The high capital cost of hydro projects and their long pay back periods mean that a stable financial market is essential if projects are not to be left on the shelf and un-built. Interest rates, FIT degression and planning risks all conspire to make community hydro developments just out of reach for many sites at the moment.
This will be one of the themes of next week’s national hydro power conference in Perth, which will hear the latest issues around hydro development at a community scale, and will include a session chaired by Nicholas Gubbins, Chief Executive, Community Energy Scotland.
Gubbins said: ‘The Scottish Government realises that there is still enormous scope for new community scale hydro schemes which could be developed if the financial package stacks up, but FiT degression is threatening to kill this opportunity quickly, unless the UK Government changes its approach.
‘It would be hard to understate the popularity of hydro as a renewable source of power. These schemes have a very long life, minimal adverse impacts and can give communities an enduring source of income. People want them in their communities, and to know their power comes from clean hydro generation too.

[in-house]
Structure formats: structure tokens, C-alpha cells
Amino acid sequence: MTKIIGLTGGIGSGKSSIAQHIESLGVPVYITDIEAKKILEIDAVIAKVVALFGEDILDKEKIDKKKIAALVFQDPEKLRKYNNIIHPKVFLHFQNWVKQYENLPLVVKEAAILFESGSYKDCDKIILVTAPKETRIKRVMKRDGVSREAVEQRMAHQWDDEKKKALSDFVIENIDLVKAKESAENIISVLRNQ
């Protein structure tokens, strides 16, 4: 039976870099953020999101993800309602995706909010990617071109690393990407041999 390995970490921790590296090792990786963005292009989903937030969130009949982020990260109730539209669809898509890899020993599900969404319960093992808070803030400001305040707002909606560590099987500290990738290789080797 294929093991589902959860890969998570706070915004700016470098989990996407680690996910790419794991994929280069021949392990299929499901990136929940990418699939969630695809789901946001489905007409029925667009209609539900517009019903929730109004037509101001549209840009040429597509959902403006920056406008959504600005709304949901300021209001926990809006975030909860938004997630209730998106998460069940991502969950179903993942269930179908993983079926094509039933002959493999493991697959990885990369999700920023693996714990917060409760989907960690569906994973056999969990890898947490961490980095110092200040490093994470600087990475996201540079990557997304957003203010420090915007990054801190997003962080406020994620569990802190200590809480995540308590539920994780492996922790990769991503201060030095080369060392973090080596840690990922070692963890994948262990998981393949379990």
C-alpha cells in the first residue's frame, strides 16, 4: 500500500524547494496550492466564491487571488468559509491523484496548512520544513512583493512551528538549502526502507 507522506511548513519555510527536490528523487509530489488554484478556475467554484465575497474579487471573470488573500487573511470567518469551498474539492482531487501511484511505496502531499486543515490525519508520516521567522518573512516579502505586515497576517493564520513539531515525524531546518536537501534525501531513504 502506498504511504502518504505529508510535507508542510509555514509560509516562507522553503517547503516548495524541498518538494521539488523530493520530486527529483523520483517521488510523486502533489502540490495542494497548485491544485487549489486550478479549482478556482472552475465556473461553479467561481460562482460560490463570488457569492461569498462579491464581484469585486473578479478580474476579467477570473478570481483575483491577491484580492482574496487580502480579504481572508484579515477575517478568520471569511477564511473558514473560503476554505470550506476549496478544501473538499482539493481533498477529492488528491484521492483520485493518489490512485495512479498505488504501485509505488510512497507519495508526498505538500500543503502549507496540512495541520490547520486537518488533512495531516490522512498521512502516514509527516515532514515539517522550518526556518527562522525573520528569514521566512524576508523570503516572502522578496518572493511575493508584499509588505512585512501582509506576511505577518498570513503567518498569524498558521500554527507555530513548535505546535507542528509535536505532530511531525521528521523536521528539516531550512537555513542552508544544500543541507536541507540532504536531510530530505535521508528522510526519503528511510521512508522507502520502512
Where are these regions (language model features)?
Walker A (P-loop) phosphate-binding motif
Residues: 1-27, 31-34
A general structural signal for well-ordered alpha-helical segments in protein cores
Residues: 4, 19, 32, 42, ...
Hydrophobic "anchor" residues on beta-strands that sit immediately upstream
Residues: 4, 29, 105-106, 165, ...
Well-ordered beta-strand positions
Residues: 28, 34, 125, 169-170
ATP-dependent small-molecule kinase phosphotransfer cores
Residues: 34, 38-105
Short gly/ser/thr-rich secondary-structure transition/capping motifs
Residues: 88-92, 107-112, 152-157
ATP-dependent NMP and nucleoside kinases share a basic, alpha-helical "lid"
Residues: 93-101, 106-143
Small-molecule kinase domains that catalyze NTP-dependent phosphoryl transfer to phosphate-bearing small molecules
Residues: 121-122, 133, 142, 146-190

“With successes like the community hydros at Mull and Harlaw we can show communities have the interest both to develop projects and raise substantial funds from local share issues.’
‘With a few tweaks to government policy and intervention we can get the package for hydro back on track. The consequent benefits of dozens of community hydro schemes around the one megawatt scale across Scotland will be very substantial.’
The Community Hydro session will include contributions from Gregor Cameron, Director, Gregor Cameron Consultancy Ltd of Cairndow, Rab Lees, the CARES Regional Manager North from Local Energy Scotland and Alex Reading, Development Director, Green Highland Renewables.